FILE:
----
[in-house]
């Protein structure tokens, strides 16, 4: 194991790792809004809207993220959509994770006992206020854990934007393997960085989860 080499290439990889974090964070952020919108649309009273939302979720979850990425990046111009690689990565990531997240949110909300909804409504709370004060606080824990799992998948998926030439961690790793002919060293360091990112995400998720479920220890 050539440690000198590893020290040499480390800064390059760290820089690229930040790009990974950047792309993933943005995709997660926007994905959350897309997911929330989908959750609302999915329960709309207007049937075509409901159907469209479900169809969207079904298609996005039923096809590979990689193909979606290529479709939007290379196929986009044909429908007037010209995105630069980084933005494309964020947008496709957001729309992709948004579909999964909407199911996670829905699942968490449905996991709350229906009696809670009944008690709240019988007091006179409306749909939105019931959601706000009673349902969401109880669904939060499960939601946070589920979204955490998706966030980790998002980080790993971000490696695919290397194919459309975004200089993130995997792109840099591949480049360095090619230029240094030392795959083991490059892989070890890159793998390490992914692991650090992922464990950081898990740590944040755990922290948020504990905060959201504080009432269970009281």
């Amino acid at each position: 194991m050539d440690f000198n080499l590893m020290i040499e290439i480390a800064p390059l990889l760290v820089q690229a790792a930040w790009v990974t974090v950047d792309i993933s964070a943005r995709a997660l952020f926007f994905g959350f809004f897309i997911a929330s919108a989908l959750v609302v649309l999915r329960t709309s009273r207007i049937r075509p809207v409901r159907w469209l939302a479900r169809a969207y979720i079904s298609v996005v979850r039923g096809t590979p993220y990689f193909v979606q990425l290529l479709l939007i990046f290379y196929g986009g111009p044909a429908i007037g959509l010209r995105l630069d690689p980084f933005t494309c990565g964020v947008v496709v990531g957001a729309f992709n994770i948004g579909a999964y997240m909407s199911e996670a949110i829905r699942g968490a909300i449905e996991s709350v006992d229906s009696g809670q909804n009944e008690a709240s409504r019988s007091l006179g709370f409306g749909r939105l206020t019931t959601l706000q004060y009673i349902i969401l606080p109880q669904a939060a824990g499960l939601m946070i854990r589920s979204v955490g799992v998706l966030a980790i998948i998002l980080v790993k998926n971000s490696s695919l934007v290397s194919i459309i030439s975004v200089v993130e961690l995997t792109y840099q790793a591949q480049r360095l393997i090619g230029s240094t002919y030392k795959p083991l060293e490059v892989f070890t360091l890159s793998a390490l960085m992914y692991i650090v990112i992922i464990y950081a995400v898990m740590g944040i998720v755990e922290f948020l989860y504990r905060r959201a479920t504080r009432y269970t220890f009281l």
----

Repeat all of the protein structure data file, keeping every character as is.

[in-house]
């Protein structure tokens, strides 16, 4: 194991790792809004809207993220959509994770006992206020854990934007393997960085989860 080499290439990889974090964070952020919108649309009273939302979720979850990425990046111009690689990565990531997240949110909300909804409504709370004060606080824990799992998948998926030439961690790793002919060293360091990112995400998720479920220890 050539440690000198590893020290040499480390800064390059760290820089690229930040790009990974950047792309993933943005995709997660926007994905959350897309997911929330989908959750609302999915329960709309207007049937075509409901159907469209479900169809969207079904298609996005039923096809590979990689193909979606290529479709939007290379196929986009044909429908007037010209995105630069980084933005494309964020947008496709957001729309992709948004579909999964909407199911996670829905699942968490449905996991709350229906009696809670009944008690709240019988007091006179409306749909939105019931959601706000009673349902969401109880669904939060499960939601946070589920979204955490998706966030980790998002980080790993971000490696695919290397194919459309975004200089993130995997792109840099591949480049360095090619230029240094030392795959083991490059892989070890890159793998390490992914692991650090992922464990950081898990740590944040755990922290948020504990905060959201504080009432269970009281």
């Amino acid at each position: 194991m050539d440690f000198n080499l590893m020290i040499e290439i480390a800064p390059l990889l760290v820089q690229a790792a930040w790009v990974t974090v950047d792309i993933s964070a943005r995709a997660l952020f926007f994905g959350f809004f897309i997911a929330s919108a989908l959750v609302v649309l999915r329960t709309s009273r207007i049937r075509p809207v409901r159907w469209l939302a479900r169809a969207y979720i079904s298609v996005v979850r039923g096809t590979p993220y990689f193909v979606q990425l290529l479709l939007i990046f290379y196929g986009g111009p044909a429908i007037g959509l010209r995105l630069d690689p980084f933005t494309c990565g964020v947008v496709v990531g957001a729309f992709n994770i948004g579909a999964y997240m909407s199911e996670a949110i829905r699942g968490a909300i449905e996991s709350v006992d229906s009696g809670q909804n009944e008690a709240s409504r019988s007091l006179g709370f409306g749909r939105l206020t019931t959601l706000q004060y009673i349902i969401l606080p109880q669904a939060a824990g499960l939601m946070i854990r589920s979204v955490g799992v998706l966030a980790i998948i998002l980080v790993k998926n971000s490696s695919l934007v290397s194919i459309i030439s975004v200089v993130e961690l995997t792109y840099q790793a591949q480049r360095l393997i090619g230029s240094t002919y030392k795959p083991l060293e490059v892989f070890t360091l890159s793998a390490l960085m992914y692991i650090v990112i992922i464990y950081a995400v898990m740590g944040i998720v755990e922290f948020l989860y504990r905060r959201a479920t504080r009432y269970t220890f009281l």